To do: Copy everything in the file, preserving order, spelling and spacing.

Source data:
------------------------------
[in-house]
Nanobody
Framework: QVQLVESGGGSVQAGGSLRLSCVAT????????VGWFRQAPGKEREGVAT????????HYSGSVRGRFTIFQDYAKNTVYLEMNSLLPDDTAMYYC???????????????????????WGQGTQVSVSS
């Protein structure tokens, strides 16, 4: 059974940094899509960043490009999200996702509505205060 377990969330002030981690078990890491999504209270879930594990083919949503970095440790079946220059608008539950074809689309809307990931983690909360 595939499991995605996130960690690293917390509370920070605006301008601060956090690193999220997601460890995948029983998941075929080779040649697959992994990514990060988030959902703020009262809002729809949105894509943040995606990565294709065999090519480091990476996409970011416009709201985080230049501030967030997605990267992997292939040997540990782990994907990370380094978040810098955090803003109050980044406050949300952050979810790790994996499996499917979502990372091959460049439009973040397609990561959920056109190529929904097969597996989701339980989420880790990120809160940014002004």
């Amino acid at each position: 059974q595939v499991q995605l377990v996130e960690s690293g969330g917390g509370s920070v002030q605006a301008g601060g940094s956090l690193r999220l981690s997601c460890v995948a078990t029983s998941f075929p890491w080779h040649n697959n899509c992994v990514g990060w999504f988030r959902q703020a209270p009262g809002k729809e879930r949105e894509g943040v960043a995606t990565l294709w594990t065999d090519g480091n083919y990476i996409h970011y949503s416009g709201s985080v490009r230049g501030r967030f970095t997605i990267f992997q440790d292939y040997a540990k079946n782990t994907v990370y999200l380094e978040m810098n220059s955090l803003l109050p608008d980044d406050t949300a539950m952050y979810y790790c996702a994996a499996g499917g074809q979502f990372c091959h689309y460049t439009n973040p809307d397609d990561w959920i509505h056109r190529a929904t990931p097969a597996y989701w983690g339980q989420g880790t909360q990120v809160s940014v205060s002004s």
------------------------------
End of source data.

[in-house]
Nanobody
Framework: QVQLVESGGGSVQAGGSLRLSCVAT????????VGWFRQAPGKEREGVAT????????HYSGSVRGRFTIFQDYAKNTVYLEMNSLLPDDTAMYYC???????????????????????WGQGTQVSVSS
């Protein structure tokens, strides 16, 4: 059974940094899509960043490009999200996702509505205060 377990969330002030981690078990890491999504209270879930594990083919949503970095440790079946220059608008539950074809689309809307990931983690909360 595939499991995605996130960690690293917390509370920070605006301008601060956090690193999220997601460890995948029983998941075929080779040649697959992994990514990060988030959902703020009262809002729809949105894509943040995606990565294709065999090519480091990476996409970011416009709201985080230049501030967030997605990267992997292939040997540990782990994907990370380094978040810098955090803003109050980044406050949300952050979810790790994996499996499917979502990372091959460049439009973040397609990561959920056109190529929904097969597996989701339980989420880790990120809160940014002004």
């Amino acid at each position: 059974q595939v499991q995605l377990v996130e960690s690293g969330g917390g509370s920070v002030q605006a301008g601060g940094s956090l690193r999220l981690s997601c460890v995948a078990t029983s998941f075929p890491w080779h040649n697959n899509c992994v990514g990060w999504f988030r959902q703020a209270p009262g809002k729809e879930r949105e894509g943040v960043a995606t990565l294709w594990t065999d090519g480091n083919y990476i996409h970011y949503s416009g709201s985080v490009r230049g501030r967030f970095t997605i990267f992997q440790d292939y040997a540990k079946n782990t994907v990370y999200l380094e978040m810098n220059s955090l803003l109050p608008d980044d406050t949300a539950m952050y979810y790790c996702a994996a499996g499917g074809q979502f990372c091959h689309y460049t439009n973040p809307d397609d990561w959920i509505h056109r190529a929904t990931p097969a597996y989701w983690g339980q989420g880790t909360q990120v809160s940014v205060s002004s």